Bob DeChiara/USA Today Sports

Sorry, but this isn't all on Tuukka Rask no matter how much you want it to be

Scott McLaughlin
April 22, 2018 - 1:23 am

I know you want to blame this all on Tuukka Rask. I can you hear you screaming at your computer, phone or tablet screen. He choked! He’s soft! He can’t win the big game! You think I’m an idiot for writing this article.

Look, obviously Saturday night’s Game 5 loss to the Maple Leafs wasn’t Rask’s best game. Far from it. Four goals on 13 shots before getting pulled is an ugly stat line. But this wasn’t a case of a goalie letting in soft goals and being the main reason his team lost. This was a case of the Bruins starting slow, giving up too many dangerous chances, and their goalie just not making the big save to bail them out.

There’s a big difference between those two things. None of the four goals Rask allowed are ones you’d look at and think it was a save he absolutely should’ve made. But three of them were stoppable. Connor Brown’s goal that he batted in out of mid-air is the one that probably wasn’t because that was just a fluky kind of play.

The other three all would’ve required pretty noteworthy saves, the kind where about a dozen people you follow on Twitter would tweet something like “Remember that one if the Bruins come back,” but they weren’t unstoppable. And in all three cases, the Bruins’ defense was more at fault than Rask.

On Toronto’s second goal, the Bruins should’ve been in good shape defensively. It was a 2-on-2, but Andreas Johnsson managed to get behind Charlie McAvoy, and Nazem Kadri made a great pass to send him in alone. Johnsson had a ton of speed and beat Rask on the backhand as he streaked across the front of the net. 

Sure, Rask could’ve made the save. He’s made saves like that before. But hopefully we can all admit it would’ve been a tough save. There’s nothing easy about stopping a guy who’s bearing down on you all alone at pretty much full speed.

The third goal was another odd-man rush off a stretch pass, something that’s happened too often this series. Some good puck movement from the Leafs resulted in Tyler Bozak getting an open look as Rask moved across the crease from right to left.

Rask was a little slow getting across for sure. He probably should’ve been able to get more squared up to the shot than he was. But again, there’s still no way it would’ve been an easy save. And there’s still the fact that it was an odd-man rush, and that Bozak ended up wide open in a prime scoring area. That would seem to be a bigger concern, no?

The fourth goal, the one that prompted coach Bruce Cassidy to go to the bullpen, came on the power play when James van Riemsdyk took a pass behind the net and was free to just walk out front to the left doorstep and roof a shot over Rask’s shoulder. Could Rask have been bigger and taken away the top of the net? Possibly. But he was hugging the post and didn’t give van Riemsdyk a whole lot to shoot at. Give some credit to van Riemsdyk for hitting his spot.

This isn’t meant to completely excuse Rask. Great NHL goalies don’t just make the saves they should make; they often make the difficult saves as well. There are plenty of nights when Rask does that (yes, even in the playoffs -- see Game 4 just two nights ago), but Saturday wasn’t one of them (although he did make one pretty good save on William Nylander in close early in the second period).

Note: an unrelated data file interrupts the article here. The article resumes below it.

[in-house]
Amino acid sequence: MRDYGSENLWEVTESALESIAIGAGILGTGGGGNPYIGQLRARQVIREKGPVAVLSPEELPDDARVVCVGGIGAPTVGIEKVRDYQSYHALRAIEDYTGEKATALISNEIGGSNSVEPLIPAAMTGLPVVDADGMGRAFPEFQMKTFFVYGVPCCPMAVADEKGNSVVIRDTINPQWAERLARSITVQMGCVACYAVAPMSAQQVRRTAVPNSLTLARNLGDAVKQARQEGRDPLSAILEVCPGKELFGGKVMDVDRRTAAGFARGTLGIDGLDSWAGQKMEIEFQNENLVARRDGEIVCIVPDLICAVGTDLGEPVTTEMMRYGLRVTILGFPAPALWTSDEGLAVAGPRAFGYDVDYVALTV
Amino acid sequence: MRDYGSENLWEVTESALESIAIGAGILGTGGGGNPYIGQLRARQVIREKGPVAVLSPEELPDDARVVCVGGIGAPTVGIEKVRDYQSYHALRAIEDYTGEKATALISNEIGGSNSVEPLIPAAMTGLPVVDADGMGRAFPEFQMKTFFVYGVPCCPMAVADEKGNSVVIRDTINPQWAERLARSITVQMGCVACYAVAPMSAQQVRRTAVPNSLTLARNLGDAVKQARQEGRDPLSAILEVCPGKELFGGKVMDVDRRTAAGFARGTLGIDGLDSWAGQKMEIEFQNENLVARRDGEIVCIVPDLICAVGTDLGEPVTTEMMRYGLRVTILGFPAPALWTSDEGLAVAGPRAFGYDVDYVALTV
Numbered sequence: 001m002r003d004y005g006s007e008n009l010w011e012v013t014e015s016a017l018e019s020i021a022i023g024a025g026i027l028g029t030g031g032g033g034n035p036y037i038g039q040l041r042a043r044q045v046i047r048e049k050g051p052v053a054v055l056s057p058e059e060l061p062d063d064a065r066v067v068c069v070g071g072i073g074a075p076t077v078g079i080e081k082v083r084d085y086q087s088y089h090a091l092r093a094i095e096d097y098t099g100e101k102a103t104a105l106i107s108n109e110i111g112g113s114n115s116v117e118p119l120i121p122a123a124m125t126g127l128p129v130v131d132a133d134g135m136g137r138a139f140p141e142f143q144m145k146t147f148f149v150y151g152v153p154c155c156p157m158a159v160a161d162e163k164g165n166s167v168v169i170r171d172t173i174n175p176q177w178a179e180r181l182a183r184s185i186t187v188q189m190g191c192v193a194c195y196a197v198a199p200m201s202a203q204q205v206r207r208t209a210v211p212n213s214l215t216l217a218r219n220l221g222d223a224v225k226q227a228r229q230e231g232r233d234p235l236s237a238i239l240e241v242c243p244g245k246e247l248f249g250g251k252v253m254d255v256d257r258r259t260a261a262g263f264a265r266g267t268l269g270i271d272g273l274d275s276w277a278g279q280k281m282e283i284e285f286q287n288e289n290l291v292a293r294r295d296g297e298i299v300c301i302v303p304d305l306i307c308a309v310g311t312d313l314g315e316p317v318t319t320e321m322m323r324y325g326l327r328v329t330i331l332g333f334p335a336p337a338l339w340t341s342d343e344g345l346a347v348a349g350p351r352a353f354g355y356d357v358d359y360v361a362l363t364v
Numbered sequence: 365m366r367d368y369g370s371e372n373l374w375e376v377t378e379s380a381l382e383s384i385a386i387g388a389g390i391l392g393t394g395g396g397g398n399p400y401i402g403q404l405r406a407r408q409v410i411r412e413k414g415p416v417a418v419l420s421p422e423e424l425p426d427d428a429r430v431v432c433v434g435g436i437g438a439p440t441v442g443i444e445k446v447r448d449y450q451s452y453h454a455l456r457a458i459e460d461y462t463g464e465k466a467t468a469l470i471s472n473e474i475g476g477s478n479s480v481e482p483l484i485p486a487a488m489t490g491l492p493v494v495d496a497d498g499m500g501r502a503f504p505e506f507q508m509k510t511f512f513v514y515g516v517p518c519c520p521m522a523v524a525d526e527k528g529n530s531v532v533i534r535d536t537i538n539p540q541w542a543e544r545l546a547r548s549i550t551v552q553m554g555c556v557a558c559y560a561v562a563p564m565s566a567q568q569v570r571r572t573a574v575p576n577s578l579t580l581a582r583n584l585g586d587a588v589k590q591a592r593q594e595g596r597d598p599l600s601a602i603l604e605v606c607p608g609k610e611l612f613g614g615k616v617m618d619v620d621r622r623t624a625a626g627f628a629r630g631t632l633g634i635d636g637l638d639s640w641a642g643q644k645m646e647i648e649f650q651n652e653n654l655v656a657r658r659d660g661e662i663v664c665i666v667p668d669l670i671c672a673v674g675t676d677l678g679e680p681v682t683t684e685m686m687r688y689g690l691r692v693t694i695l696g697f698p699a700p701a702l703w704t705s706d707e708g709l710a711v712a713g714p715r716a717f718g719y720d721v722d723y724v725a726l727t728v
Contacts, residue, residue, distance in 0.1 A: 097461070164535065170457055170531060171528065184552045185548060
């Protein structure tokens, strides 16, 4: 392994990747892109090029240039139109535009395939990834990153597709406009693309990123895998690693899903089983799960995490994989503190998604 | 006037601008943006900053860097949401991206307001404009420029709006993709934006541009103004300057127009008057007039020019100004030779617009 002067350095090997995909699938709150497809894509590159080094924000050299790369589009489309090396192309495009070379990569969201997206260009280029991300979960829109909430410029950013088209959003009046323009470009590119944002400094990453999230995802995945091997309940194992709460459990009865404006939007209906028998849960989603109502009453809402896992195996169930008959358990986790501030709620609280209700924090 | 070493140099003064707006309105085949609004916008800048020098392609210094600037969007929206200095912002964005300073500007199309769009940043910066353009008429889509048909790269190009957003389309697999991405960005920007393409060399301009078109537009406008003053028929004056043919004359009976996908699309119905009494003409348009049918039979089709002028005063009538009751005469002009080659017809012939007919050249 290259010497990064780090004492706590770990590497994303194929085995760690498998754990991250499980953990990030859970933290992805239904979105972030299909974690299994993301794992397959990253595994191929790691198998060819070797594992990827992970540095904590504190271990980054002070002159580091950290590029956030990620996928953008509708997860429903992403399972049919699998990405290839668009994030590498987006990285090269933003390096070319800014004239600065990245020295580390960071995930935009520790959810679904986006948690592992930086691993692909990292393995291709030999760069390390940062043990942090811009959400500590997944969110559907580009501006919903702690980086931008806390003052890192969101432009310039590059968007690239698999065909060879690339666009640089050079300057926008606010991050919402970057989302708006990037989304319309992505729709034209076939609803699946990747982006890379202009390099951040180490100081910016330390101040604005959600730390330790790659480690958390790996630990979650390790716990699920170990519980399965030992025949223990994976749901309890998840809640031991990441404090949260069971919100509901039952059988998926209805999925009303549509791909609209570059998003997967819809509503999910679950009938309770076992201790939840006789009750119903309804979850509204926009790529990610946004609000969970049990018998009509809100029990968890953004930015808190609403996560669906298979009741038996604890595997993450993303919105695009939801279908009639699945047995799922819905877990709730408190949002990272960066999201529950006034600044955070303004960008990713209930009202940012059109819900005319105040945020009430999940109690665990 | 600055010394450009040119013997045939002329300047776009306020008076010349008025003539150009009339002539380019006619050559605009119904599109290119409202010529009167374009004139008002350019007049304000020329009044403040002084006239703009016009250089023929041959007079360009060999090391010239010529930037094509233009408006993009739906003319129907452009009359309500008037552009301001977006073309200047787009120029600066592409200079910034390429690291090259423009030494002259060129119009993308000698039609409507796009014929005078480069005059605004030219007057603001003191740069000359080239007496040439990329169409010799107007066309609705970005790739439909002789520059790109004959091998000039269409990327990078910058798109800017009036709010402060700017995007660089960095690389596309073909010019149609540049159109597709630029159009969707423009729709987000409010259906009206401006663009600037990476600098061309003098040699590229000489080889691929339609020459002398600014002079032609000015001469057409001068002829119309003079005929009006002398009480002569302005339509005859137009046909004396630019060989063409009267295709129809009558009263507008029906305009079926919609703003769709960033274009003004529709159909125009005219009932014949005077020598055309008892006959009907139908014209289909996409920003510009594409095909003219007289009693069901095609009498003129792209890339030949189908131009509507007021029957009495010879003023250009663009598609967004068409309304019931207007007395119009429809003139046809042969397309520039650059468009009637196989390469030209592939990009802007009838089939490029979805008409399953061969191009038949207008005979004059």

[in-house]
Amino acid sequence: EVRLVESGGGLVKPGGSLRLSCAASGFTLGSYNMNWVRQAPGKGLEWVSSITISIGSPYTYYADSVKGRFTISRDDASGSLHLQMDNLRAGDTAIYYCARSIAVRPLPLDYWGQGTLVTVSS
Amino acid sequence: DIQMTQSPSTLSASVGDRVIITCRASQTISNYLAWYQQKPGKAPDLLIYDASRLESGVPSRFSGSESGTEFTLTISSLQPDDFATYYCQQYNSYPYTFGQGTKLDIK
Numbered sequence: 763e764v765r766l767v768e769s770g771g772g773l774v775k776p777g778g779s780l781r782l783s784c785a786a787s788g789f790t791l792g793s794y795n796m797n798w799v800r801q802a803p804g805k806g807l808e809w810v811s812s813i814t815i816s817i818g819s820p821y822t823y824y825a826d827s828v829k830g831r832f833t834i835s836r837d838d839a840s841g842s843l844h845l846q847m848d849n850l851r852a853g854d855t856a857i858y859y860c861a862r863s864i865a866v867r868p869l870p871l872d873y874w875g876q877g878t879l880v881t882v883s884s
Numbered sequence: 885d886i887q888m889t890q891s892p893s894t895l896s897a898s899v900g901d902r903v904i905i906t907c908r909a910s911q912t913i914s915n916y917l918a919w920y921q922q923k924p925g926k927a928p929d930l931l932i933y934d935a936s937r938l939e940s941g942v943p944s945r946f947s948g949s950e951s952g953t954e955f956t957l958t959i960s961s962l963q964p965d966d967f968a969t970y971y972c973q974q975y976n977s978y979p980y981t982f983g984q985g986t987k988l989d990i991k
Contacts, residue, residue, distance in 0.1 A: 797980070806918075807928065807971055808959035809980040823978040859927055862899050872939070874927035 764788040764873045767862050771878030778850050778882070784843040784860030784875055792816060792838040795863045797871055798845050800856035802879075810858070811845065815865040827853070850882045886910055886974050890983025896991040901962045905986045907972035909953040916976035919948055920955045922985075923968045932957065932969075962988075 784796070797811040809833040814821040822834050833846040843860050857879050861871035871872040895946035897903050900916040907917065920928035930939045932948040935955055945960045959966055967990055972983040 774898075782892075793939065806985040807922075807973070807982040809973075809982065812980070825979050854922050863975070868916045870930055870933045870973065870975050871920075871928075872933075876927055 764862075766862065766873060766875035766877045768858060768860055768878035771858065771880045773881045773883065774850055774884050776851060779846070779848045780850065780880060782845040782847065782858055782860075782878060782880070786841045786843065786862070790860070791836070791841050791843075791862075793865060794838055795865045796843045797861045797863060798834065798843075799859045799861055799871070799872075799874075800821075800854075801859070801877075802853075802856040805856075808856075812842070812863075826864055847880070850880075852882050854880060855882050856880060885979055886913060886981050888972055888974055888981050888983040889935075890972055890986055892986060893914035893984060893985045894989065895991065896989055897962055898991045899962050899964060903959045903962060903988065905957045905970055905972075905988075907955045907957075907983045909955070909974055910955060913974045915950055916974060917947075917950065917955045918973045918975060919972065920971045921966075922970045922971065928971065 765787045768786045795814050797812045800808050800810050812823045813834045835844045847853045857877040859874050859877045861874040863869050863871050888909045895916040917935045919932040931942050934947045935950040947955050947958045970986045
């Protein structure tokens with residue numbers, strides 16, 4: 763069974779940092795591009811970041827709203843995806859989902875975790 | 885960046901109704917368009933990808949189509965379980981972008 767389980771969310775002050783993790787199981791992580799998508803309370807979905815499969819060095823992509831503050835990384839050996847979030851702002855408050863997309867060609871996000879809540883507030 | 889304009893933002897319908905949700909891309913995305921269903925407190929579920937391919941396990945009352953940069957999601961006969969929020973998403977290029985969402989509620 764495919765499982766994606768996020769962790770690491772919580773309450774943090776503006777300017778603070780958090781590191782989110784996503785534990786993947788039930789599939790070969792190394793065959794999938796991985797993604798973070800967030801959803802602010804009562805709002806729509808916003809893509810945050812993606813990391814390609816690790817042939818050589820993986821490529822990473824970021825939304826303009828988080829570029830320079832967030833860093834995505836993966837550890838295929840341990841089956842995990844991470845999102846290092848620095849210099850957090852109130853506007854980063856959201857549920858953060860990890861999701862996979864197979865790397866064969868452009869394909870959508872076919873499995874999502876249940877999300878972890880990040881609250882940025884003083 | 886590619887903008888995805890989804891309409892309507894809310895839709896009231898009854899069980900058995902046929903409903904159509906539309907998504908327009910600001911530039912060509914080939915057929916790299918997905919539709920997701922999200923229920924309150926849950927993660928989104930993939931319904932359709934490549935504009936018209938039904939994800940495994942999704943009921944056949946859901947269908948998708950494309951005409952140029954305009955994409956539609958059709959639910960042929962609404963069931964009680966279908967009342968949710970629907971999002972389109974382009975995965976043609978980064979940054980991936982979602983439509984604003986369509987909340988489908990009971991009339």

Rask was the first one to admit after the game that he should’ve been better.

“Probably could’ve stopped more pucks with my eyes closed,” Rask said. “That’s about it. It’s on me, but moving on to the next one and we’ll finish it out in Toronto.”

His coach was pretty blunt about his performance as well.

“I didn’t think he had it tonight, so we went with Anton [Khudobin], who has been very good for us,” Cassidy said. “And then there’s always that part, gets the rest of the team’s attention as well. So, it’s both. I don’t want to measure, quantify what percentage of each, but clearly if I thought he was on, then he wouldn’t have got pulled. I guess I’ll put it that way.”

That’s all correct. No one would argue that Rask “had it” or “was on” Saturday night. But don’t let his teammates off the hook, either. While they made a strong surge as they attempted to come back from 4-1 down, their poor start was every bit as big a reason they were in that hole as Rask, and they know it.

“Definitely not his fault tonight,” McAvoy said. “Whenever he gets pulled we know that we didn’t do our job. But we’re fine. He’s got our back and we’ve got his. So, we’ll go back to the drawing board and we’re going to play a lot better in front of him next game. Start from the beginning, not just picking up in the second and third and playing good once he’s already out of there and the damage is done. We’re going to come out and play a lot better starting from the get-go.”

Go ahead and throw Rask under the bus if you want. The same critics who had nothing to say after Game 4 are foaming at the mouth now. Enjoy your never-ending quest to trash a guy who ranks second all-time in career save percentage and seventh all-time in postseason save percentage.

The rest of us will acknowledge that Rask had a rough game Saturday, and also that he’s still one of the best goalies around. Believe it or not, great players don’t have great games every single night.
 

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